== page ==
American schools have the added benefit of allowing students to deviate from required coursework to study topics that interest them, join a club or play sports.

Orono High School senior Tim Mo of Changsha, China, said he has take advanced placement math courses, as well as classes at the University of Maine because of the flexibility the American curriculum offers. He said he even studied Spanish to add a third language to his repertoire.

“In China, you’re focused on a task-oriented education,” Mo said, “but here you’re more interest-oriented.

“I don’t think either education is superior to the other one,” Mo said.

One of the Chinese students in Bapst’s international program plans to help start up a school newspaper, according to international program director Craig Butler. Others have joined everything from robotics clubs to basketball teams.

Many of the students said that their year in American schools has helped them develop confidence and interpersonal and communication skills they might not have learned as easily under the education system in China.

The concept of “free time” is relatively foreign to a Chinese high schooler, students said. When they do spend time with friends, there’s often an open textbook on the table.

“Back in China, I would study from early morning to late evening and I’d barely have time to do what I like,” Zehua “Flora” Yin, a 16-year-old Bapst student said. “But here, you are the director of your own life.”

A large majority of Chinese students said they will enroll in American colleges and universities. Mo said he was accepted into eight universities this year and has chosen to attend the University of Minnesota next year.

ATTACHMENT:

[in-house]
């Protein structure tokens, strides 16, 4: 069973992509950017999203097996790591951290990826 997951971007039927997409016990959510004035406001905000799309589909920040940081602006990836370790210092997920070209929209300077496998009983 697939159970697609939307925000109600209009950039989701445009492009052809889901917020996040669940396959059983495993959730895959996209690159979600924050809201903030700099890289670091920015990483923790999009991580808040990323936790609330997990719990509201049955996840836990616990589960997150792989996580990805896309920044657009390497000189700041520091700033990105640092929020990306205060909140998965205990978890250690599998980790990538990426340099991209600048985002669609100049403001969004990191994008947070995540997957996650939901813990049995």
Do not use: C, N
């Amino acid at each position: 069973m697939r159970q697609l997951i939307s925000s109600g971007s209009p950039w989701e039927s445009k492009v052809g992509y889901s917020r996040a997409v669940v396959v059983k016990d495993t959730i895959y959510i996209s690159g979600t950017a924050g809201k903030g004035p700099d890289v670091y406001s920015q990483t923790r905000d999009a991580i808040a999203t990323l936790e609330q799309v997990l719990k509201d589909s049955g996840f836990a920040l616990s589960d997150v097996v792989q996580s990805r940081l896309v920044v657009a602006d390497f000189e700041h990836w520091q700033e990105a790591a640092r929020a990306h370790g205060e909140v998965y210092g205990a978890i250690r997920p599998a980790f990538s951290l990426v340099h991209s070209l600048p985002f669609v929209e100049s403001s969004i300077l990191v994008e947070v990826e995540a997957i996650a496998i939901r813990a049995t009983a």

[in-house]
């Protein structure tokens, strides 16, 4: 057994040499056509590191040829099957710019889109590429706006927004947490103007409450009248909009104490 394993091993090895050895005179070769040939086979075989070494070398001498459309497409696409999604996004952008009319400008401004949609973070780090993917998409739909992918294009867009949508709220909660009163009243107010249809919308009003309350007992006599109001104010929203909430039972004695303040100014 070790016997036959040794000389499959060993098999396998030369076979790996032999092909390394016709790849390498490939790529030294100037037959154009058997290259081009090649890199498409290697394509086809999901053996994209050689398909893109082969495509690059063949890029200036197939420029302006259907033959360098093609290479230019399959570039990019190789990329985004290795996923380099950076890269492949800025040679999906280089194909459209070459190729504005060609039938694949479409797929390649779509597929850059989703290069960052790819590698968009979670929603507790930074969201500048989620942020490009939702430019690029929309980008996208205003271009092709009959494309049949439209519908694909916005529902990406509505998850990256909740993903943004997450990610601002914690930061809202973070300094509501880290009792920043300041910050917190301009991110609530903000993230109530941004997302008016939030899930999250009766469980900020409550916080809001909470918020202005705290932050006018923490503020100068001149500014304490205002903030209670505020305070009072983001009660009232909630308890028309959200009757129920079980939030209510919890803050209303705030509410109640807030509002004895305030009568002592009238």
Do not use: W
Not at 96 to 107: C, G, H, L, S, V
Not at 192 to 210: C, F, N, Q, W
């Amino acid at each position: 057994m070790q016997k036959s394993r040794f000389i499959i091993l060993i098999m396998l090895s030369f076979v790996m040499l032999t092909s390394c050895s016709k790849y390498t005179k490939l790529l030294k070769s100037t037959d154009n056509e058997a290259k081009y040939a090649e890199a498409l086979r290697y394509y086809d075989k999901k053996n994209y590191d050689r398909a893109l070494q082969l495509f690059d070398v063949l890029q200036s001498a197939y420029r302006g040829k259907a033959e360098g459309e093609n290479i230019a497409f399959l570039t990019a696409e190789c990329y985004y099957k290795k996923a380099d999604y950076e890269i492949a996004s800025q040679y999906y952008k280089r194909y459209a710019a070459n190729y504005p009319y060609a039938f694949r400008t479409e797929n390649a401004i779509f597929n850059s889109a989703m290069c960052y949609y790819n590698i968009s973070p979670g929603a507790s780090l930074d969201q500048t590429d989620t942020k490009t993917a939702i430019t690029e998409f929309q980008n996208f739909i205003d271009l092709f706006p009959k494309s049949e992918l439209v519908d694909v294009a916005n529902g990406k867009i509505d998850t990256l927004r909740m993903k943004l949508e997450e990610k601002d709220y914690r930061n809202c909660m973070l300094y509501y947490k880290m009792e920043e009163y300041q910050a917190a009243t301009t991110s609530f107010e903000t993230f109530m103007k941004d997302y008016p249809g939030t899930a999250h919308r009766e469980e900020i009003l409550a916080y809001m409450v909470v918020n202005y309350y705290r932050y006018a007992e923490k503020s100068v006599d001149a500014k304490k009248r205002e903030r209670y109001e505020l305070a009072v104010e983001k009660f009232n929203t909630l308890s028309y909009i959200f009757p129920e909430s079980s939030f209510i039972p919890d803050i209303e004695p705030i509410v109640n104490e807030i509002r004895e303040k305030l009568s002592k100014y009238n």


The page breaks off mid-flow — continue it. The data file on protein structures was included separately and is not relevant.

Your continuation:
Universities in the United States are held in high esteem in China, and Chinese parents, who for the most part are only permitted to have one child, want the best education possible for their children.

Sending children to the United States for high school is appealing to Chinese parents because it allows their child to get acclimated to American culture and practice the language before starting college, according to Orono High School Principal Jim Chasse.

That ideal melds well with Maine’s schools because Maine has one of the oldest populations in the nation and could face declining pools of potential in-state students to draw from in the future.

Both Bapst and Orono plan on growing their international programs in the future.

Orono, a school of about 360 students, has an international program of 18 students. Half of them are from China, according to Chasse. A recent recruitment trip is expected to bring 15 Chinese students next school year, with the ultimate goal of bringing in 30.

Bapst just wrapped up the first year of its international program, which saw 40 students this year, and all but three were from China. Butler said he expects 52 international students next year, but the school will be reaching out to other countries as well.

In recent years, more and more Maine schools have turned eyes to China while seeking higher enrollment. Lee Academy will host 100 students this summer for four-week Advanced Placement or college-level courses. Wiscasset High School and Stearns High School in Millinocket, among others, also have thrown their hats in the ring.

Mo said, given the chance, he wouldn’t change his decision to come to America.

“It’s not only the knowledge that changes me,” he said.

http://bangordailynews.com/2012/06/02/news/bangor/chinese-students-pleased-with-maine-education-try-to-grasp-concept-of-free-time/ printed on October 25, 2014